The theme of TLC2020 is Shifting academic identities. The rollout of emergency remote teaching displaced academics from the classroom and decentred their role in teaching and learning. Many academics had to acquire new skills and overcome a variety of fears and misgivings about online delivery. The levels of support required by students in the context of emergency remote teaching have been much greater than in the usual face to face setting. Academics have responded to these needs in new and inventive ways. All of this has meant an enormous investment of time in teaching. Many academics have remarked that if research is also going to be delivered this level of engagement in teaching and learning is not sustainable. What is the meaning of these experiences for the ways that academics think of themselves, of their fields of expertise, of their relationship with their students, and their role at the university? How could/should these experiences influence the manner in which we think about academic identity into the future? How do we shape academic identity in a post-COVID world ?
- Engaging the social - What do our attempts to address endemic social challenges highlighted by the emergency remote teaching mean for how we see ourselves as academics and our scope for future action?
- Curriculum - How do our roles and identities need to change so students can be at the centre of our work? This could include issues of socially responsive and decolonised curricula and new approaches to assessment.
- Pedagogy - How has emergency remote teaching changed how we teach and how we see ourselves as academics? How do we ensure that our course design and classroom practices include and engage all of our students?
- Care and Sustainability - What kinds of institutional and peer support are needed to sustain UCT academics on our journeys of change? How can UCT and academics best support students with the challenges that they are facing?
- Professional development - What do our shifts in academic roles and identities mean for the professional development of UCT academics who are engaged in teaching?
- Research? Competing identities? The realities of emergency remote teaching have heightened tensions between research and teaching roles in the lives of academics. Can these roles support each other?
Keynotes Keynote workshop
Associate Professor Lis Lange - UCT Deputy Vice Chancellor: Teaching and Learning
De-centring the academic. Preliminary reflections on academic identity and the university in the 21st century.
In the context of contact universities the management of the COVID-19 pandemic through remote teaching has touched on the identity of academics through changes in their roles: they had to prioritise teaching over research, performed new roles, and learnt new skills. But also they have to redefine their sense of self and their relationship with students in a new set of space and time coordinates.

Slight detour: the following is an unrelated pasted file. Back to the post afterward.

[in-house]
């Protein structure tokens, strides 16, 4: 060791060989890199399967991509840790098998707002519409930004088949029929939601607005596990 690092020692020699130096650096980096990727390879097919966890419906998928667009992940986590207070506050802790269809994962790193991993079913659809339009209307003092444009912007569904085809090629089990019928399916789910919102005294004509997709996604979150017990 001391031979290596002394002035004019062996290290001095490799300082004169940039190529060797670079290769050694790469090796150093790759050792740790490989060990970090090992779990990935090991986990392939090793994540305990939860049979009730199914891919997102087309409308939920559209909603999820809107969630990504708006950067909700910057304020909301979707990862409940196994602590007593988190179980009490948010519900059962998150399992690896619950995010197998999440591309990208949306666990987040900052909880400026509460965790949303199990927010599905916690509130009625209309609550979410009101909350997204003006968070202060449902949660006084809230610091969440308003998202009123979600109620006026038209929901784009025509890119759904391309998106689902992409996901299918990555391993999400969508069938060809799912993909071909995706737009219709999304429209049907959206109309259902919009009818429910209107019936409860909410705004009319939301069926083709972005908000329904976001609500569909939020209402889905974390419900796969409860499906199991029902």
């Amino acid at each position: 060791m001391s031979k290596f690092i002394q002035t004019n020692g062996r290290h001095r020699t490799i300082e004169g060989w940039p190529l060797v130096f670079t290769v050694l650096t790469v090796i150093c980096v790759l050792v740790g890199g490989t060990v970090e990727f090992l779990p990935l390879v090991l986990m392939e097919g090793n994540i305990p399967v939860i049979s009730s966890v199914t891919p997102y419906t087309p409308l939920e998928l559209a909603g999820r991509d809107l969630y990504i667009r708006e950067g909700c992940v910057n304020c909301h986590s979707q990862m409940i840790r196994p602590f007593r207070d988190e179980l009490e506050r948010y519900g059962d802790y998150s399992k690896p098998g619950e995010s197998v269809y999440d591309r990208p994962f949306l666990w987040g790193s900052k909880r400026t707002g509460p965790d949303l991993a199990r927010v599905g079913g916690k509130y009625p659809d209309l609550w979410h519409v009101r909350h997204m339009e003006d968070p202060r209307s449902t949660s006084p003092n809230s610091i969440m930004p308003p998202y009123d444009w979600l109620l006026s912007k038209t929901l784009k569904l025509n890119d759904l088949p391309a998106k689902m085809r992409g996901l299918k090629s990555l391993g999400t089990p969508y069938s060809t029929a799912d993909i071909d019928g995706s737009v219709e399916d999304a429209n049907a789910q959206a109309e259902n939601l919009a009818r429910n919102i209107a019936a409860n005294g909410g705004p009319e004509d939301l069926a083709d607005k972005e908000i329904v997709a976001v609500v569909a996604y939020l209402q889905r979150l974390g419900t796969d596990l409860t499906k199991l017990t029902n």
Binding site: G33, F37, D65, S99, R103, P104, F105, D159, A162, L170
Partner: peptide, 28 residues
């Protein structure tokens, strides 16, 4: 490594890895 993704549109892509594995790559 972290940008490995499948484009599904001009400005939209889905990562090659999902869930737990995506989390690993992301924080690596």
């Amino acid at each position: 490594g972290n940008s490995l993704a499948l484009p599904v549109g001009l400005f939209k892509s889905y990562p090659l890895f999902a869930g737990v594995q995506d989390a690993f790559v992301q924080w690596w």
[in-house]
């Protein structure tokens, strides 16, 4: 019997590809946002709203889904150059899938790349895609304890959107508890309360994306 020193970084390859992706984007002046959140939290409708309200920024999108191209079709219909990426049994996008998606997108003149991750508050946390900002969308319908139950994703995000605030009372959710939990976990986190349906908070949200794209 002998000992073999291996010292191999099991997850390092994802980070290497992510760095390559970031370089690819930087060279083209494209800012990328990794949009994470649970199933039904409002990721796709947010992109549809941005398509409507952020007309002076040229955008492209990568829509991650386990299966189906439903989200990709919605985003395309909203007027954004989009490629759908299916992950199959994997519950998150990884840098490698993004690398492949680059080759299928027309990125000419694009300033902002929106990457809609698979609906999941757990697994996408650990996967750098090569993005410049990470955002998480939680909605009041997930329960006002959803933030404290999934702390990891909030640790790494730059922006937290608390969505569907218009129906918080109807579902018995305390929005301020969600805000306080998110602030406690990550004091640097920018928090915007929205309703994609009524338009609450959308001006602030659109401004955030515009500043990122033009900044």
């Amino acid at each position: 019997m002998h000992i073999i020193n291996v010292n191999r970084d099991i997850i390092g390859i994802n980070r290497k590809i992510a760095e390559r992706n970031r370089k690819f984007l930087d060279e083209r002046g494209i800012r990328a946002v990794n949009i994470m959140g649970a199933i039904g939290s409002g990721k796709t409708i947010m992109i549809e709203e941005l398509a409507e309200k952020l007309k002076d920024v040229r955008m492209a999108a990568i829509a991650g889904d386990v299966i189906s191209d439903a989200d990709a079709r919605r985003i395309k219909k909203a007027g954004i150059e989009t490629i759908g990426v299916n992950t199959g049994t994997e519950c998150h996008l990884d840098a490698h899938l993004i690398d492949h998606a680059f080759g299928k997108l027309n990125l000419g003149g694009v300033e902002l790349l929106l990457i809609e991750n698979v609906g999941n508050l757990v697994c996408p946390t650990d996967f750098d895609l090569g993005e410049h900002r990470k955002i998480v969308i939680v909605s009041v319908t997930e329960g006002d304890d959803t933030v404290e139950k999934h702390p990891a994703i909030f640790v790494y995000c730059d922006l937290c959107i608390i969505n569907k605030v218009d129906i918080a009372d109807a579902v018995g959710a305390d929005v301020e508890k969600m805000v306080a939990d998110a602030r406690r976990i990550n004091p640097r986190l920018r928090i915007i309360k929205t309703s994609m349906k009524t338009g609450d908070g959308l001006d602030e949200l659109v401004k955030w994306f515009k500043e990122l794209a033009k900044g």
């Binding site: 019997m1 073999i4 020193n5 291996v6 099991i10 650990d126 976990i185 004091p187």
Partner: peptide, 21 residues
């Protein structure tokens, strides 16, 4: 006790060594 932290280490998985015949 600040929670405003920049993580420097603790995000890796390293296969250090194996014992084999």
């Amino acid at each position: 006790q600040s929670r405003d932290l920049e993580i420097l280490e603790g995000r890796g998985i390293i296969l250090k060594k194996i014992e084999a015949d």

Although #RMF and COVID-related remote teaching happened in the context of broader trajectory of change in the academic identity, they represent a much deeper and sudden process of decentring academics. That is of moving academics out of the centre stage. Away from their epistemological space, away from the physical space of the classroom and away from the linear time of the pedagogic relationship.
How do we understand this? How do we read what happens at the university in the context of what is happening to the world? What are the pitfalls and opportunities of a process of de-centring academic identity and the very identity of the university?
Maha Bali, Associate Professor of Practice at the Center for Learning and Teaching at the American University in Cairo
Workshop: Shifts in Academic Practices As We Rethink the Purpose of Education
The COVID-19 pandemic has forced many academics to question what is most valuable about the education offered by our universities, and what the purpose of university education is. What is gained and what is lost when we can no longer meet in the same physical space, and what have we been overlooking in our universities that we need to start prioritizing? How have our roles as academics changed? As we start asking these questions, we need to also ask how these changed perceptions and beliefs about the purpose of university education will influence who we bring to the table to enact the values and principles we deem most important, and how our structures and practices will evolve in order to help achieve this purpose.
As a facilitator I value processes such as those in the Liberating Structures microstructures that enhance dialogue/conversations, which will help me to unleash the creativity and brilliance of everyone in the room, and to ensure that all voices can be heard. This workshop will use a Liberating Structure called Purpose to Practice, to engage participants in small group collaborative problem-posing/solving, to explore how the pandemic has influenced their beliefs about the purpose of university education and key principles it should embody/promote, followed by steps towards sharing and creating practices that will assist academics to meet that rethought purpose.
To register for the conference click here